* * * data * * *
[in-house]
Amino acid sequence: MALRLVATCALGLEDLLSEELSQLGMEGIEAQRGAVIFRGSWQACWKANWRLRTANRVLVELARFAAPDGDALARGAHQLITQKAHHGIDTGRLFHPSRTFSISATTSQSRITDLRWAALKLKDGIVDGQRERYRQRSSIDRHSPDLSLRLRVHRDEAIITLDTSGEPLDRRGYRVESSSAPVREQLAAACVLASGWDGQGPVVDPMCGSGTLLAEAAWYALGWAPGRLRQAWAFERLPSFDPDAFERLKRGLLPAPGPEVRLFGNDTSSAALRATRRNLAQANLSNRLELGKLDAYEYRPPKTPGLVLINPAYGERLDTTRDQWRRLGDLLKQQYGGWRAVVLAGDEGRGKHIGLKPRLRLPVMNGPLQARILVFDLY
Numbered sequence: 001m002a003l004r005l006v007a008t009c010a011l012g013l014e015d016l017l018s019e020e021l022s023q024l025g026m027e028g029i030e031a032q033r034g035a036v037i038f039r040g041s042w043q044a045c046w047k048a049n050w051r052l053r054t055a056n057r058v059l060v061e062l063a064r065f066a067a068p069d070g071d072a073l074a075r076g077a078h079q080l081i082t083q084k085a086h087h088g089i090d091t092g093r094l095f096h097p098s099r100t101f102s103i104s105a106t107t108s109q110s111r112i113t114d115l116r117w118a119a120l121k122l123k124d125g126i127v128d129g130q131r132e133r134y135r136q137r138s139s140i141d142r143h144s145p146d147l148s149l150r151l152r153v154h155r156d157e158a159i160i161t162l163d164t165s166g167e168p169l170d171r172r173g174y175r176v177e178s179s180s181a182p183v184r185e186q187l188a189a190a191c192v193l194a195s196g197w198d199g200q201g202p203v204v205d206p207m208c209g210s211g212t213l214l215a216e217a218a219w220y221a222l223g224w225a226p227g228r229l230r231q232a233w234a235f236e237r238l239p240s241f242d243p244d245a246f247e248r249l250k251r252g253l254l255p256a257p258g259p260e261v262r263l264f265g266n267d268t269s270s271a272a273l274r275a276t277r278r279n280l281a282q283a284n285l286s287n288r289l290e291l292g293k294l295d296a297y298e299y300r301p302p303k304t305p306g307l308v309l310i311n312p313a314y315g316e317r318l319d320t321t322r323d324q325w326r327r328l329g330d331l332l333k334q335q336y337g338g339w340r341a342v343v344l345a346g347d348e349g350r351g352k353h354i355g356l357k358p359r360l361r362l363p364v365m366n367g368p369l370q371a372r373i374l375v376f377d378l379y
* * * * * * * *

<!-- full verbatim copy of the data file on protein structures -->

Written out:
[in-house]
Amino acid sequence: MALRLVATCALGLEDLLSEELSQLGMEGIEAQRGAVIFRGSWQACWKANWRLRTANRVLVELARFAAPDGDALARGAHQLITQKAHHGIDTGRLFHPSRTFSISATTSQSRITDLRWAALKLKDGIVDGQRERYRQRSSIDRHSPDLSLRLRVHRDEAIITLDTSGEPLDRRGYRVESSSAPVREQLAAACVLASGWDGQGPVVDPMCGSGTLLAEAAWYALGWAPGRLRQAWAFERLPSFDPDAFERLKRGLLPAPGPEVRLFGNDTSSAALRATRRNLAQANLSNRLELGKLDAYEYRPPKTPGLVLINPAYGERLDTTRDQWRRLGDLLKQQYGGWRAVVLAGDEGRGKHIGLKPRLRLPVMNGPLQARILVFDLY
Numbered sequence: 001m002a003l004r005l006v007a008t009c010a011l012g013l014e015d016l017l018s019e020e021l022s023q024l025g026m027e028g029i030e031a032q033r034g035a036v037i038f039r040g041s042w043q044a045c046w047k048a049n050w051r052l053r054t055a056n057r058v059l060v061e062l063a064r065f066a067a068p069d070g071d072a073l074a075r076g077a078h079q080l081i082t083q084k085a086h087h088g089i090d091t092g093r094l095f096h097p098s099r100t101f102s103i104s105a106t107t108s109q110s111r112i113t114d115l116r117w118a119a120l121k122l123k124d125g126i127v128d129g130q131r132e133r134y135r136q137r138s139s140i141d142r143h144s145p146d147l148s149l150r151l152r153v154h155r156d157e158a159i160i161t162l163d164t165s166g167e168p169l170d171r172r173g174y175r176v177e178s179s180s181a182p183v184r185e186q187l188a189a190a191c192v193l194a195s196g197w198d199g200q201g202p203v204v205d206p207m208c209g210s211g212t213l214l215a216e217a218a219w220y221a222l223g224w225a226p227g228r229l230r231q232a233w234a235f236e237r238l239p240s241f242d243p244d245a246f247e248r249l250k251r252g253l254l255p256a257p258g259p260e261v262r263l264f265g266n267d268t269s270s271a272a273l274r275a276t277r278r279n280l281a282q283a284n285l286s287n288r289l290e291l292g293k294l295d296a297y298e299y300r301p302p303k304t305p306g307l308v309l310i311n312p313a314y315g316e317r318l319d320t321t322r323d324q325w326r327r328l329g330d331l332l333k334q335q336y337g338g339w340r341a342v343v344l345a346g347d348e349g350r351g352k353h354i355g356l357k358p359r360l361r362l363p364v365m366n367g368p369l370q371a372r373i374l375v376f377d378l379y